And then the United Arab Emirates pretty much set a new standard. When UAE was granted the bid to host the 1998 World Endurance Championship, it was a huge leap of faith on the part of the FEI. Competing in the deserts of Arabia, sand and heat and wind, travelling so far with horses, different quarantine and disease issues. But the UAE offered to foot the bill - they would pay for the transport and housing of the competitors - the horse, rider, groom and owner. The Dubai Endurance City was built (thousands of laborers working around the clock) and more or less finished in time. Horses were stabled at Polo complexes, riders and crew were housed in 5 star hotels on the Persian gulf, SUV's were rented and provided to competitors, and the gala dinners and parties and celebrations were first class. Many wide-eyed people at this event. Since a huge effort was made to include as many Nations as possible, the qualification criteria was lowered, and the opportunity was extended to any nation - any person, any horse - to meet the minimum qualification criteria and then have an all expense paid month in Dubai, courtesy of the UAE. It was a grand time, full of crazy things, demanding people, appreciative people, excitement and worry.... SUV's littered the desert as people learned how to drive in the dunes. A core of people worked incredibly hard to make the event a success. And by most standards it was a huge success and a landmark in our sport. There were a few problems - the army inadvertently turned off the electricity during the ride and the timing system shut down, many riders lost their crew out in the desert, their SUV's buried in a dune, some horses suffered the sand and travel stress and ambitous riders, but some horses and riders shone.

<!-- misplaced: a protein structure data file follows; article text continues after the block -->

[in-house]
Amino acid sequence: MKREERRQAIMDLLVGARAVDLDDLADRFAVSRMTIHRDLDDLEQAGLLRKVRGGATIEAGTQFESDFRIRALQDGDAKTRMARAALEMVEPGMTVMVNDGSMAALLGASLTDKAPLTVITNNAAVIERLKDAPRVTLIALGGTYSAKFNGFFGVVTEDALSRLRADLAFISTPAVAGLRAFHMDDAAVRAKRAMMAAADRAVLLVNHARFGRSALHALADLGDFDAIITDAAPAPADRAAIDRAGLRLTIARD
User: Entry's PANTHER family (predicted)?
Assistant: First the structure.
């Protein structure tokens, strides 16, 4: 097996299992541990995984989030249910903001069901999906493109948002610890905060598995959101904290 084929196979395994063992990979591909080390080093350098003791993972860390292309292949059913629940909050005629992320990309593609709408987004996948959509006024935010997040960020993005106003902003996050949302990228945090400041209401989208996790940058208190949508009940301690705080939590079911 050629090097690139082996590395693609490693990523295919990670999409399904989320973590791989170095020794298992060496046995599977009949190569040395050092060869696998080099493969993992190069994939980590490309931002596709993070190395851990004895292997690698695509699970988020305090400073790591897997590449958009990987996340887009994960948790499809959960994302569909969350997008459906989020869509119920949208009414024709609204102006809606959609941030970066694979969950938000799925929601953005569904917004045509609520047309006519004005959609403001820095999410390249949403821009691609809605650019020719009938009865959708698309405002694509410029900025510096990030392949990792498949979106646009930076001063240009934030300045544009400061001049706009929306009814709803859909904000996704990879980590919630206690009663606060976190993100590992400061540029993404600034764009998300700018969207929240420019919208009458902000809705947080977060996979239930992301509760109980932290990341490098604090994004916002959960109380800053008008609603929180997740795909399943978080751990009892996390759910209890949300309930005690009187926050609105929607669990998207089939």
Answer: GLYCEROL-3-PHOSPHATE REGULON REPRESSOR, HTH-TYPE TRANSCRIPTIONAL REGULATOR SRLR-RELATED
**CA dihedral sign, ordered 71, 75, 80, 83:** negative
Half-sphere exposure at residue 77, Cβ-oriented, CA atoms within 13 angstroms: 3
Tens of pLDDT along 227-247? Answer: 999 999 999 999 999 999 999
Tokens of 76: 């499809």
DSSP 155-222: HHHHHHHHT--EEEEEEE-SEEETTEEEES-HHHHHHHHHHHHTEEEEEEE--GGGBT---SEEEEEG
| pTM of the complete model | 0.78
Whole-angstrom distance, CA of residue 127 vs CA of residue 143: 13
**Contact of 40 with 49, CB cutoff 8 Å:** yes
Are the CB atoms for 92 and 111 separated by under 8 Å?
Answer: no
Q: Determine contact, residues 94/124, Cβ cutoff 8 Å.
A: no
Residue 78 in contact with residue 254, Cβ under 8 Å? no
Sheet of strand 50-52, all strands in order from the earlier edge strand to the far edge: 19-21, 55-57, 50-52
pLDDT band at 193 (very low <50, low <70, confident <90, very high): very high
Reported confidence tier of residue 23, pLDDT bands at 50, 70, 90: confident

The UAE again hosted the World Championship in 2005. By this time the Dubai Endurance City was complete - quarantine stables for all the horses, some villas for riders, and the Bab Al Shams 5 star hotel built to house officials and as many competitors and VIP's as could fit. There was still overflow, and many were housed in Dubai, a 45 minute drive from the venue. But of course everybody was also provided with an SUV for transport and crewing. This event didn't quite have the magic of the 1998 WEC - but it certainly provided the best of the best for all.

It was after the 2005 WEC that Malaysia and Bahrain submitted their bids - both countries fully aware of the standards set by UAE - and both countries having the backing of their government and their royalty. When Malaysia was granted the bid they looked to UAE as an example to follow. They studied the Dubai Endurance City and the Abu Dhabi (Al Wathba) Emirates International Endurance Village before constructing their own venue in Terengganu. The layouts are similar: Wide arrival gate area with observation deck above, horses pass through to an expansive cooling and recovery area (Malaysia constructed shaded cooling stations, with fans and misters and tanks), Vet-gate entry stations the entire width, to vet stations with white fence-lined trotting lanes. A full veterinary clinic and hospital, chalets for VIP's on each side of the venue... the works. And in Malaysia, the Endurance venue has a beautiful asian architectural flare - graceful and colorful.

The stage was set.

-more later -

Steph


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Replies
[RC] Malaysia Story - Part V, Steph Teeter